Inadequate Healthcare:
Access to healthcare services, particularly in rural areas, remains a significant challenge in India. Limited access to healthcare facilities and information about contraceptives can hinder family planning efforts and result in a higher birth rate.

Gender Inequality:
Gender inequality continues to persist in many parts of India, which can indirectly contribute to overpopulation. In some regions, the preference for male children is still prevalent, leading to multiple pregnancies until a male child is born.

Consequences of Overpopulation in India:

Strain on Resources:
Overpopulation puts immense pressure on essential resources such as food, water, and energy. This can lead to scarcity and increased competition for these resources, especially among the economically disadvantaged.

Environmental Degradation:
The overexploitation of natural resources, coupled with increased pollution, contributes to environmental degradation. Deforestation, air and water pollution, and habitat destruction are all consequences of overpopulation.

With a growing population, the job market has become increasingly competitive. Many individuals, especially the youth, struggle to find employment, leading to high unemployment rates.

Poverty and Inequality:
Overpopulation exacerbates poverty and income inequality. As resources become scarcer, the gap between the rich and poor widens, further marginalizing vulnerable populations.

Strain on Infrastructure:
The demand for infrastructure, including schools, hospitals, transportation, and housing, outpaces the government's ability to provide these services adequately. This leads to overcrowded and inadequate facilities.

Healthcare Challenges:
An overpopulated country often faces challenges in providing adequate healthcare to its citizens. Access to healthcare services becomes difficult, leading to poor health outcomes.

Social Issues:
Overpopulation can also contribute to various social issues, including crime, substance abuse, and increased competition for limited opportunities, which can negatively impact the overall quality of life.

Solutions to Address Overpopulation in India:

Promote Family Planning:
Government and non-governmental organizations should intensify efforts to promote family planning and reproductive health awareness. Access to contraceptives and family planning services should be made readily available in both urban and rural areas.

Education and Awareness:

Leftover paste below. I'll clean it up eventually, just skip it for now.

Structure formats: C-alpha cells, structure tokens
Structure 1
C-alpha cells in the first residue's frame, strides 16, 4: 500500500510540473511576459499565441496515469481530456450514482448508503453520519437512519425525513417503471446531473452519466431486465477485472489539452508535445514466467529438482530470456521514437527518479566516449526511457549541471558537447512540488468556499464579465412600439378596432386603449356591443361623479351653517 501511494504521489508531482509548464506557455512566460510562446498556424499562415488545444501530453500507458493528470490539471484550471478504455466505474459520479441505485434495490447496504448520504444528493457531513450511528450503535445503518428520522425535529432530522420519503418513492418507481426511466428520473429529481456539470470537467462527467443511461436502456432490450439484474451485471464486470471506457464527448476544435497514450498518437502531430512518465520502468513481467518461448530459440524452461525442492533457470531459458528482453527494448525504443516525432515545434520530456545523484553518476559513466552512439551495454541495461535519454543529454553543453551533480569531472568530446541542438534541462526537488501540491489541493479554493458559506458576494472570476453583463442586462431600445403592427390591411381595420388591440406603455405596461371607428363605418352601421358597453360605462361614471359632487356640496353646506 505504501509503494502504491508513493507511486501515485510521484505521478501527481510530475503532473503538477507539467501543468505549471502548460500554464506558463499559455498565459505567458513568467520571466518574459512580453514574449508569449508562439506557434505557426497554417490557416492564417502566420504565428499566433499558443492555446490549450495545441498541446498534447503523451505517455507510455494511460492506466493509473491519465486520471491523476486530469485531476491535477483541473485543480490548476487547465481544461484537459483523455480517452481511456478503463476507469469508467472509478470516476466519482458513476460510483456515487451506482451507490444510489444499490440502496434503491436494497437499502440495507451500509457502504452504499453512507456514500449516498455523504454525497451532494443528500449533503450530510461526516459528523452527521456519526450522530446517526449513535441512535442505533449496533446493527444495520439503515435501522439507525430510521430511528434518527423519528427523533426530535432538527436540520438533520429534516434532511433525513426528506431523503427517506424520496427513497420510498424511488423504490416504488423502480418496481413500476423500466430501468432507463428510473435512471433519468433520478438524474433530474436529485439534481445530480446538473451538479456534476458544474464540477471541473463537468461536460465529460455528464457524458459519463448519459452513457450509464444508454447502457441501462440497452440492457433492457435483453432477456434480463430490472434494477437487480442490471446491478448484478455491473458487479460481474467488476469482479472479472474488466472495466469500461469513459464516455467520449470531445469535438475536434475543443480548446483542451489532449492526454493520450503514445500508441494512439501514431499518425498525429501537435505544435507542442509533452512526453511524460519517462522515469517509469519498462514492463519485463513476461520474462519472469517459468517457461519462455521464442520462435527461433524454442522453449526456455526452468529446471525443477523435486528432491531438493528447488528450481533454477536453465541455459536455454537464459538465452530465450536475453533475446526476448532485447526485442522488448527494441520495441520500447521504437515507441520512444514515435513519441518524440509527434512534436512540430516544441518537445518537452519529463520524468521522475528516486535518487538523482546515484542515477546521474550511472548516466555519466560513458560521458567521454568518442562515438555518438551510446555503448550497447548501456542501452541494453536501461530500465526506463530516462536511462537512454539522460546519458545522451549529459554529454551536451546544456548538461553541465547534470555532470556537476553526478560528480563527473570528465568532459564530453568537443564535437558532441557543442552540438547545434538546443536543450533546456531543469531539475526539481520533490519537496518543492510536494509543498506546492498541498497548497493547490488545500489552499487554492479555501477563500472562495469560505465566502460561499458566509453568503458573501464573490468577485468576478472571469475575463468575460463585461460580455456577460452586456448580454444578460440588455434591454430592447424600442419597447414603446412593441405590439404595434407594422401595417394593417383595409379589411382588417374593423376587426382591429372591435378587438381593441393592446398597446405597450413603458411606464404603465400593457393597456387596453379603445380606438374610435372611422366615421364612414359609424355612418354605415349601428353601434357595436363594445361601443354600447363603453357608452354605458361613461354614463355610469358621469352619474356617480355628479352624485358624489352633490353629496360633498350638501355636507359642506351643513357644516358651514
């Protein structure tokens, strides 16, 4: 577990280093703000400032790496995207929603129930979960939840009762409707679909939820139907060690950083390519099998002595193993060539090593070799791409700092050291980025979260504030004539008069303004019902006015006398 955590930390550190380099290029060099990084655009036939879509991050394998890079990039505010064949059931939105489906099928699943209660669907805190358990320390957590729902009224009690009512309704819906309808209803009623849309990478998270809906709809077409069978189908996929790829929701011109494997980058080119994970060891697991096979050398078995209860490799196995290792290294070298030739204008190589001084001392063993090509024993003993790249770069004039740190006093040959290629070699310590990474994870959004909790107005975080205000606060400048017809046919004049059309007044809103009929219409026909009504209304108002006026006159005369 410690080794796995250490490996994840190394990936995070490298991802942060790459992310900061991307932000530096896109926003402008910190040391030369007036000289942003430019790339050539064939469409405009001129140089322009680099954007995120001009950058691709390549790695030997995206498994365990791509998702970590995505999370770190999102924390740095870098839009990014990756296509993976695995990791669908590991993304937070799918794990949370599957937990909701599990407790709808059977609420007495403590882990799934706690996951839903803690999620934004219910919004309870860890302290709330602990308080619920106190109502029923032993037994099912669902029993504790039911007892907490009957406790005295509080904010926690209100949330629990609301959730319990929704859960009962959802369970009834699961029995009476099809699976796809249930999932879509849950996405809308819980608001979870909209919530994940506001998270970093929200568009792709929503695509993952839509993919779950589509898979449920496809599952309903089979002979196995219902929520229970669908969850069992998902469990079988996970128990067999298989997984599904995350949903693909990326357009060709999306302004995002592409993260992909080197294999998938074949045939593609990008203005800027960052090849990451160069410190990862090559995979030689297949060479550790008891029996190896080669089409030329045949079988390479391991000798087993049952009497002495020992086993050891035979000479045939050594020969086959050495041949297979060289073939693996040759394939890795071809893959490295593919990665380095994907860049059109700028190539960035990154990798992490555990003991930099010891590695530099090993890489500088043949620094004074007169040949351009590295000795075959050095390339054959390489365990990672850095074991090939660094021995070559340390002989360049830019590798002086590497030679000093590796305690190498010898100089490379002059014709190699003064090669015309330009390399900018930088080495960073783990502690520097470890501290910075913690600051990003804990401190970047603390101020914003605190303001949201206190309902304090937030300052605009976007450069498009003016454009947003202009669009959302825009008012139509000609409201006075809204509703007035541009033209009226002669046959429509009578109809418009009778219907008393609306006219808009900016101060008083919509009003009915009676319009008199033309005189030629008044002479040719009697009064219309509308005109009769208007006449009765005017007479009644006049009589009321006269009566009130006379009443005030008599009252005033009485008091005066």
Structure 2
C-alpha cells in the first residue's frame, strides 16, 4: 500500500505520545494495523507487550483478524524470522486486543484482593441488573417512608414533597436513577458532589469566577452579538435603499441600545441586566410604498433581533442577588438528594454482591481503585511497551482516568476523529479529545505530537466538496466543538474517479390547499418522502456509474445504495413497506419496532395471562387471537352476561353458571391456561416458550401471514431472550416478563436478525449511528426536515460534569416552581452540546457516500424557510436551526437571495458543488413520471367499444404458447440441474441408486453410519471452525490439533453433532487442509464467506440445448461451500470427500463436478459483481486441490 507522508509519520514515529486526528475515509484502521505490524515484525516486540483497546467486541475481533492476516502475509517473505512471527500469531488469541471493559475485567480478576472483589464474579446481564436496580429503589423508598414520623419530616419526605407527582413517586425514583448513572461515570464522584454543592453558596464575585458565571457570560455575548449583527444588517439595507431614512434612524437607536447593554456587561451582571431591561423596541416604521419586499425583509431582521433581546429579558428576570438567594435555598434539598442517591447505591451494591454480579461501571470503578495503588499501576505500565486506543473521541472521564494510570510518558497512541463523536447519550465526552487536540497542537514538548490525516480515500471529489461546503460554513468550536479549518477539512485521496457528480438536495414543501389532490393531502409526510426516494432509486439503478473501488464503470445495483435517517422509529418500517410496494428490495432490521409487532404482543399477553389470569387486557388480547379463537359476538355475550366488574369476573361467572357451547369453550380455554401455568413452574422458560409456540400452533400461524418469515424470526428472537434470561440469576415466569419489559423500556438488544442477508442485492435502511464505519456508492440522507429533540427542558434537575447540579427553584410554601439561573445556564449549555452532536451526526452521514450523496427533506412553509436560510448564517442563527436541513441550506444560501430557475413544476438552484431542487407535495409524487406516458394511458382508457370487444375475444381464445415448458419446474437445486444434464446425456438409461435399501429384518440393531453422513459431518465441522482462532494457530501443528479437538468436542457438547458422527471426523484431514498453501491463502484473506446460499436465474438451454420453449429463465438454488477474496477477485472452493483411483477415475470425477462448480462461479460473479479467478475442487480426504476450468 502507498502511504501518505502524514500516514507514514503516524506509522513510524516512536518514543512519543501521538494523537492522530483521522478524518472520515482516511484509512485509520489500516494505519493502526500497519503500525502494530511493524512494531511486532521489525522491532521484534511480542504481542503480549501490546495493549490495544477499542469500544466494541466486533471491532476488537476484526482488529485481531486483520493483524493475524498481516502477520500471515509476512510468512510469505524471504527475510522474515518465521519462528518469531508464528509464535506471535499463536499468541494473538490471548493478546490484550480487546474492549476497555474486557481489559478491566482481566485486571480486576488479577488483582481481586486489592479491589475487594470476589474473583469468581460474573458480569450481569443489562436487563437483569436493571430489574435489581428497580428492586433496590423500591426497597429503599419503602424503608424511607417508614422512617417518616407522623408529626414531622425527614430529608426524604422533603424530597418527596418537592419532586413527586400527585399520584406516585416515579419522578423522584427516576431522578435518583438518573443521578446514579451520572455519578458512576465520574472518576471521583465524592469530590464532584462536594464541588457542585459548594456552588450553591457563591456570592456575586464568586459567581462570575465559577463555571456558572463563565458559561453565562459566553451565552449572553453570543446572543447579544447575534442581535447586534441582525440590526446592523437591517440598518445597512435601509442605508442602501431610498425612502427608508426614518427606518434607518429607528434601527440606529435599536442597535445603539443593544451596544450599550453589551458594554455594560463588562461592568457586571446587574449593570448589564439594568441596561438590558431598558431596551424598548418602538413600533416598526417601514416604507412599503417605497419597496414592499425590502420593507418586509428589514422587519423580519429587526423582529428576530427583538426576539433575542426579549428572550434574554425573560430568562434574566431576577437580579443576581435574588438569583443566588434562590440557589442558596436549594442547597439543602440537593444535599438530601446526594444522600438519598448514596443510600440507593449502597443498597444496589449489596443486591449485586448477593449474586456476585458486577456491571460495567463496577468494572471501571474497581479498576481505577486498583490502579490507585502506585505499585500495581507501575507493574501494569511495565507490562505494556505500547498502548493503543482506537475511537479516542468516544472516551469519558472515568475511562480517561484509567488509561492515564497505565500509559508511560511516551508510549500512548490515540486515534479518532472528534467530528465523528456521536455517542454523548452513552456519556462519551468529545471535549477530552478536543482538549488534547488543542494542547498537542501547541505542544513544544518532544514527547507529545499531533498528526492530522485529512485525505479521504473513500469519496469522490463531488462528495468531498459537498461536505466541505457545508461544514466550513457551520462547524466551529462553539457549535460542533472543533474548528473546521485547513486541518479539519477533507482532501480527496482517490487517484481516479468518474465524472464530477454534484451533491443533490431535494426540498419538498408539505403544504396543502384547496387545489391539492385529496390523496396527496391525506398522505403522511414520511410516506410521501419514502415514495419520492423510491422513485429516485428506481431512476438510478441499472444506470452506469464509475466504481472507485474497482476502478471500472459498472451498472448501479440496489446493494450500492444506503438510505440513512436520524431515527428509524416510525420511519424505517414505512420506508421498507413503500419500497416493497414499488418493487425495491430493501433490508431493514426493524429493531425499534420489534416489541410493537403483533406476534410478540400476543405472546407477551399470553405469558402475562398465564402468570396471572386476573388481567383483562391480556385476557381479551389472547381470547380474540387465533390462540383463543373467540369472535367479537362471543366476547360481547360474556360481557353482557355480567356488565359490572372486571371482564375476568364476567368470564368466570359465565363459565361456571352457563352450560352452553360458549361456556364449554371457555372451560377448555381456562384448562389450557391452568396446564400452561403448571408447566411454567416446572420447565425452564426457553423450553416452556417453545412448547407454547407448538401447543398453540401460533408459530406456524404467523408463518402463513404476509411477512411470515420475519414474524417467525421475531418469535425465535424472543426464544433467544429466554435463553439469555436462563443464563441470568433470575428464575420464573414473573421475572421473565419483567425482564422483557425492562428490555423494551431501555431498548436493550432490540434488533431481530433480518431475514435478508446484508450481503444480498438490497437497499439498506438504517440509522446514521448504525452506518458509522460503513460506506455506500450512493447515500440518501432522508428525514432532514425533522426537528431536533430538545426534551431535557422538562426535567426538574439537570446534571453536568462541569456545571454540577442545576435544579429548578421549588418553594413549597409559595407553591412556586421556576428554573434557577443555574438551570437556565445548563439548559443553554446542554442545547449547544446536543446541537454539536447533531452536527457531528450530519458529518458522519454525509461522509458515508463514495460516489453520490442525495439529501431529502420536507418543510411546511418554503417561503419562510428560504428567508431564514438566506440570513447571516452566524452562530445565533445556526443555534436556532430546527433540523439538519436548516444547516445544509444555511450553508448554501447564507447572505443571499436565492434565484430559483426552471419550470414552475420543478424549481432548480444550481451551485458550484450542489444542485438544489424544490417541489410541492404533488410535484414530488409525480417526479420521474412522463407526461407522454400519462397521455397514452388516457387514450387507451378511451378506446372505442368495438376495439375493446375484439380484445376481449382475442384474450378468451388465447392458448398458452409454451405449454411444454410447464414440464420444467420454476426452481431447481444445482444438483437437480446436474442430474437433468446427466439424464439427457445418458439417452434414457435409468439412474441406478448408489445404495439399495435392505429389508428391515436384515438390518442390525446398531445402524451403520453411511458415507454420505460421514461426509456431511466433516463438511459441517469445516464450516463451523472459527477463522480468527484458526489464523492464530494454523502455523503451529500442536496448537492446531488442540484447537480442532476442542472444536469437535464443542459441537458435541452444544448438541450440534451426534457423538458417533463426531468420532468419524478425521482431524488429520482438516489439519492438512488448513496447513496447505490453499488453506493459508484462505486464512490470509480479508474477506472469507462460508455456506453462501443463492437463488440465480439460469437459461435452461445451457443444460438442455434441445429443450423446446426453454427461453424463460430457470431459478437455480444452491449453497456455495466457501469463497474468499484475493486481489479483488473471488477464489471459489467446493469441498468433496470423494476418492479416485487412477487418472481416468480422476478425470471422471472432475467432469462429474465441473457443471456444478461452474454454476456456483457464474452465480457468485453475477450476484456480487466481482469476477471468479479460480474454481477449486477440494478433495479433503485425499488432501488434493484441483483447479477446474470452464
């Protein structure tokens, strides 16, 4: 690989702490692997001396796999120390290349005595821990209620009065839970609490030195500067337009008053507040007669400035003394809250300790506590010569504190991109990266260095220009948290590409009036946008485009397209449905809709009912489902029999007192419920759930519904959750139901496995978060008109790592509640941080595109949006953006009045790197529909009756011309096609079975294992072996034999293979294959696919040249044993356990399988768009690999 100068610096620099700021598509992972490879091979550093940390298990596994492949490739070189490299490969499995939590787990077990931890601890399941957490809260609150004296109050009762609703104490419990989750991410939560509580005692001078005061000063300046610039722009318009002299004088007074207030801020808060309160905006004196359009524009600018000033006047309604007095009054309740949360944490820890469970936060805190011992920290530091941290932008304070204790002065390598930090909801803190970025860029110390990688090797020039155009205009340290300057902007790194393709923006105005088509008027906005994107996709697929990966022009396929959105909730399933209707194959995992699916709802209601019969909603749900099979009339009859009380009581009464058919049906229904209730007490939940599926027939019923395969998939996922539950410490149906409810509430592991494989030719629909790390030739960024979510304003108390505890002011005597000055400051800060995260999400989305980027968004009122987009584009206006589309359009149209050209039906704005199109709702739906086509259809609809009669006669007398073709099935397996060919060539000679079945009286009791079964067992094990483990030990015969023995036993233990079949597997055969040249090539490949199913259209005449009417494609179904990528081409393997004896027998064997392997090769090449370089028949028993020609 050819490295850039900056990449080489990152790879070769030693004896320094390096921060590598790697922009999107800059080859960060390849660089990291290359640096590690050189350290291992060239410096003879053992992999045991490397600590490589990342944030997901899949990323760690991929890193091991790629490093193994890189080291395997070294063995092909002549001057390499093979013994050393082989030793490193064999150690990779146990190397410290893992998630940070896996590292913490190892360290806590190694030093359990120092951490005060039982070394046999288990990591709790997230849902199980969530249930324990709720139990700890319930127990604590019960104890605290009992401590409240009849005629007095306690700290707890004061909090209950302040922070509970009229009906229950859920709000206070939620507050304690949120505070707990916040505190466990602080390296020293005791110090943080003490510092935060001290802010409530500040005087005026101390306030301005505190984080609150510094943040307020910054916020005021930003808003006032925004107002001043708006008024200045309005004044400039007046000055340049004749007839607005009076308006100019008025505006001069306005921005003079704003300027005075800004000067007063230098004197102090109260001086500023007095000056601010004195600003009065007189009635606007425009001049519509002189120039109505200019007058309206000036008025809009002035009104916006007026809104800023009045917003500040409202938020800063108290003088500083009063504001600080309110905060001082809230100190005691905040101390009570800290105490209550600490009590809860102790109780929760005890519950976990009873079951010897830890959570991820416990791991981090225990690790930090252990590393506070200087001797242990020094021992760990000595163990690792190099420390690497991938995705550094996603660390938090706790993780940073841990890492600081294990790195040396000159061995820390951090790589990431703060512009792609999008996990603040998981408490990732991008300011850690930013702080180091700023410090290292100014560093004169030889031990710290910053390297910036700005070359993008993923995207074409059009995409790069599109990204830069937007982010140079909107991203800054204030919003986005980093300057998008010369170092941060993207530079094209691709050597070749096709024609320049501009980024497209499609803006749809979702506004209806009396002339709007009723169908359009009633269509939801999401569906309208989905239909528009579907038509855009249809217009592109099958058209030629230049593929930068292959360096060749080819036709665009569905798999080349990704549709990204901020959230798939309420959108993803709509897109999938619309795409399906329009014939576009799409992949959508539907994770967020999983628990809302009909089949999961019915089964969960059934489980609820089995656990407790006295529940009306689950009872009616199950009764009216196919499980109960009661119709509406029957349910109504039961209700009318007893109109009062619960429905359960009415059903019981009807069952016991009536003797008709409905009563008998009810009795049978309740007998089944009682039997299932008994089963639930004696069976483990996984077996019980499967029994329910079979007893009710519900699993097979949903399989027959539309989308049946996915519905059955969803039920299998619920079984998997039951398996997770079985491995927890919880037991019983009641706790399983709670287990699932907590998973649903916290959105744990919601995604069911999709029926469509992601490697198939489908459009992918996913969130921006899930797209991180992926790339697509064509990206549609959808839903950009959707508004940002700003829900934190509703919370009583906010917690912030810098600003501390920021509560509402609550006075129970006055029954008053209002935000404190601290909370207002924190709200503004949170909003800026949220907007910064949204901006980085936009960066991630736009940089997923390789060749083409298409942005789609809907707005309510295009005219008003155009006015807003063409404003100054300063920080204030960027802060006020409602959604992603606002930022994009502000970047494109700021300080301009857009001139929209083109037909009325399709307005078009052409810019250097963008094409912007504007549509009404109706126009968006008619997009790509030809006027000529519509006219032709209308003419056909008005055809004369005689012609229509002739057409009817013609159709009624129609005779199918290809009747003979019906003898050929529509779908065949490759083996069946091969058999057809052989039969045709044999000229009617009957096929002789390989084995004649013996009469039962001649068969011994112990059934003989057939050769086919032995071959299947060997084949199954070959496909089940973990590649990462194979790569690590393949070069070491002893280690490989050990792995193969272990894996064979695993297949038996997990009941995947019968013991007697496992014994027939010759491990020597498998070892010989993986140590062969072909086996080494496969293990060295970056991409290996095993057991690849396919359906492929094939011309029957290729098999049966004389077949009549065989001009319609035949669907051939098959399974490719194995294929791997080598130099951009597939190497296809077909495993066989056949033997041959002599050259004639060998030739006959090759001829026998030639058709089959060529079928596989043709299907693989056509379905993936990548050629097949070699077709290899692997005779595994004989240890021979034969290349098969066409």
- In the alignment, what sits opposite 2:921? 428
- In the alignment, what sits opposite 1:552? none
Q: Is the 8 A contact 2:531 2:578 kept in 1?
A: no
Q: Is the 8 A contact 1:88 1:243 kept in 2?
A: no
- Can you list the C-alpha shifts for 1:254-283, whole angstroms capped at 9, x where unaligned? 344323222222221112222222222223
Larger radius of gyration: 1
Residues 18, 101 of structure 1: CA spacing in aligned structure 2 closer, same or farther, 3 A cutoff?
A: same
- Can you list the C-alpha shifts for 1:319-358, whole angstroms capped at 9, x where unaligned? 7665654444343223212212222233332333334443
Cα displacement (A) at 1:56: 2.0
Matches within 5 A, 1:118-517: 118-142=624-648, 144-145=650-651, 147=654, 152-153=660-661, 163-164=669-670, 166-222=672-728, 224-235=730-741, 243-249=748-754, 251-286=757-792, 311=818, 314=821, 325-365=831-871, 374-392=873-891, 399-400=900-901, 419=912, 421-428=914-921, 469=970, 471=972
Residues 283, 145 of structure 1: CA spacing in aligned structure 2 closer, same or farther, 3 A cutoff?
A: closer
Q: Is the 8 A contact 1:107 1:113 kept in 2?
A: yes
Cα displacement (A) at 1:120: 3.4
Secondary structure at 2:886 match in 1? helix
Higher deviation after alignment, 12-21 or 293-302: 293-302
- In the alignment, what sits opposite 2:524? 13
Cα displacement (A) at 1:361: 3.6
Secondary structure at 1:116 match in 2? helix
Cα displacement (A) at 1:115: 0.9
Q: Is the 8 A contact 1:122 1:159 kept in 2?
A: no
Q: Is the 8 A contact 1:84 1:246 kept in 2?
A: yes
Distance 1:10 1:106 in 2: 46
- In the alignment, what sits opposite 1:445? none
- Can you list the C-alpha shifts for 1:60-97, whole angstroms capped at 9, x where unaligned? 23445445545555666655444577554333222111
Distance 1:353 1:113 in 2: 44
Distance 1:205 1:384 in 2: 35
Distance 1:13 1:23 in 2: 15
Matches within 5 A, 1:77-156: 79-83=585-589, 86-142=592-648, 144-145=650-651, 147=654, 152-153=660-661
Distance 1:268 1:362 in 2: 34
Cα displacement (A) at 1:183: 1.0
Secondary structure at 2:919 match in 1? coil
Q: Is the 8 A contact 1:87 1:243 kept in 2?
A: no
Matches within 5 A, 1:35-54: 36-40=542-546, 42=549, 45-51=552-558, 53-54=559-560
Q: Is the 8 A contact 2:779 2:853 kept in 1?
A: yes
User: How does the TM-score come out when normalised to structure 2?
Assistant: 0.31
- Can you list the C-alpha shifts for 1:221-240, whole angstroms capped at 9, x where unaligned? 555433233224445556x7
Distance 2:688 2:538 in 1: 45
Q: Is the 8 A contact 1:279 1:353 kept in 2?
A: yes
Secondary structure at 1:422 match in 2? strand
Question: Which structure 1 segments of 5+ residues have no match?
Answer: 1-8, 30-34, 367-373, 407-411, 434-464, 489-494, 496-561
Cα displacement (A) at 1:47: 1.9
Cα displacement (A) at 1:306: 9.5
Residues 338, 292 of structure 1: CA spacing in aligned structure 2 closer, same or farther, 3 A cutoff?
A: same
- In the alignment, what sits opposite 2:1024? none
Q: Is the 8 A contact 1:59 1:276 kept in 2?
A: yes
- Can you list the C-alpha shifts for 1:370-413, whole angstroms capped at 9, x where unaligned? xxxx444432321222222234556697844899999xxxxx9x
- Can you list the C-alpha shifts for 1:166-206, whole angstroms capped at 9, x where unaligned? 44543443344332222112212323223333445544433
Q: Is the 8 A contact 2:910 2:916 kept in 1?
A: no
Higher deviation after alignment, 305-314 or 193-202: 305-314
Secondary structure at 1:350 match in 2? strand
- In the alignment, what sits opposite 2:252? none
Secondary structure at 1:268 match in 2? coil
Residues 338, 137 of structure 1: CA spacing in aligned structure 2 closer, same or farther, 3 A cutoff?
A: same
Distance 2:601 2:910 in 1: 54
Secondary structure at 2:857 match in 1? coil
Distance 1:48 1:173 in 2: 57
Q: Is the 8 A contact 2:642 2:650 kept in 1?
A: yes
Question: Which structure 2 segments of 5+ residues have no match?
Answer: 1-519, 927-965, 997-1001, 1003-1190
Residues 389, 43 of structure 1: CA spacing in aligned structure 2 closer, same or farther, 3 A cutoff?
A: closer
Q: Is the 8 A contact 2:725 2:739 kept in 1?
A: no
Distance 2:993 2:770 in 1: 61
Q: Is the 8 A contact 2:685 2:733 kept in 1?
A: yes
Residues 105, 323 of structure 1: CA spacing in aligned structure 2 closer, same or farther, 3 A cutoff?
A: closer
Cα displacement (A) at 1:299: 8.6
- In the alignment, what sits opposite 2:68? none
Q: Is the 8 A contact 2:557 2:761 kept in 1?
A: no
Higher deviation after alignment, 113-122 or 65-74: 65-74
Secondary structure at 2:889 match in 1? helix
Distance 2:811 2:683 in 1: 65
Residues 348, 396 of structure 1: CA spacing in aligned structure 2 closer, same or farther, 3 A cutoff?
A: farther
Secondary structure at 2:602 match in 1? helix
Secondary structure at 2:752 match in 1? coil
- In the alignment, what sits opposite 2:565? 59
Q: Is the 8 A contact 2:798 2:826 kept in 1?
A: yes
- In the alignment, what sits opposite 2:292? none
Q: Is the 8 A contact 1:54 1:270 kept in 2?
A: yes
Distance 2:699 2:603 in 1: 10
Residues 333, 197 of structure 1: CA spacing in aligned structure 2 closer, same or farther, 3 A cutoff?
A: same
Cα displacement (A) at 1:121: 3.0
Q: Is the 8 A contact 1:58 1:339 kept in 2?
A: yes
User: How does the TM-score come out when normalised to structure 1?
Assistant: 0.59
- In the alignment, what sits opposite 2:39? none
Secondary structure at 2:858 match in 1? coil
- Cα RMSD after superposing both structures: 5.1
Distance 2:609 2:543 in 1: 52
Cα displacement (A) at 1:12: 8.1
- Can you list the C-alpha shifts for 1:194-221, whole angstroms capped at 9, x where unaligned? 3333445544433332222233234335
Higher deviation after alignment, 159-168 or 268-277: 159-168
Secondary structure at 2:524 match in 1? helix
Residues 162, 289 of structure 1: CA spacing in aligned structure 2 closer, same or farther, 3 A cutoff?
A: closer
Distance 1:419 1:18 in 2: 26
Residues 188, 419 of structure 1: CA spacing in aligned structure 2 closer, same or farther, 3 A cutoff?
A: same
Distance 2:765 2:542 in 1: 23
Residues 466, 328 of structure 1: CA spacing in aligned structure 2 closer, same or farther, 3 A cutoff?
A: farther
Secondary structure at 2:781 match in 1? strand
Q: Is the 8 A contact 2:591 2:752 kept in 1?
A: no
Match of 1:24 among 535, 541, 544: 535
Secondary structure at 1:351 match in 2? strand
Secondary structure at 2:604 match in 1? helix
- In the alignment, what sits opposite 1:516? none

Investing in education, especially for women, can have a significant impact on reducing birth rates. Educated women tend to make more informed choices about family planning and are more likely to have smaller families.

Economic Development:
Focusing on economic development and poverty alleviation programs can help reduce the pressure on large families as individuals become more financially stable and secure.

Gender Equality:
Promoting gender equality and women's empowerment is crucial. Empowered women are more likely to make decisions about family planning and the number of children they want.

Healthcare Access:
Expanding healthcare infrastructure in rural and underserved areas can improve access to healthcare services, including reproductive health services.

Incentives for Small Families:
The government can introduce incentives for small families, such as tax benefits or subsidies, to encourage couples to have fewer children.

Community Engagement:
Engaging with local communities and religious leaders to promote the benefits of smaller families can help change cultural and religious perceptions about family size.

Environmental Conservation:
Promoting sustainable practices and environmental conservation can help mitigate the impact of overpopulation on the environment.


Overpopulation in India is a multifaceted issue with far-reaching consequences for the country's development, environment, and overall well-being of its citizens. While addressing this problem requires concerted efforts at multiple levels, including government policies, education, and cultural shifts, it is essential to recognize that sustainable population growth is crucial for India's future. By promoting family planning, gender equality, and economic development, India can work towards achieving a balance between its population and available resources, ensuring a better quality of life for all its citizens.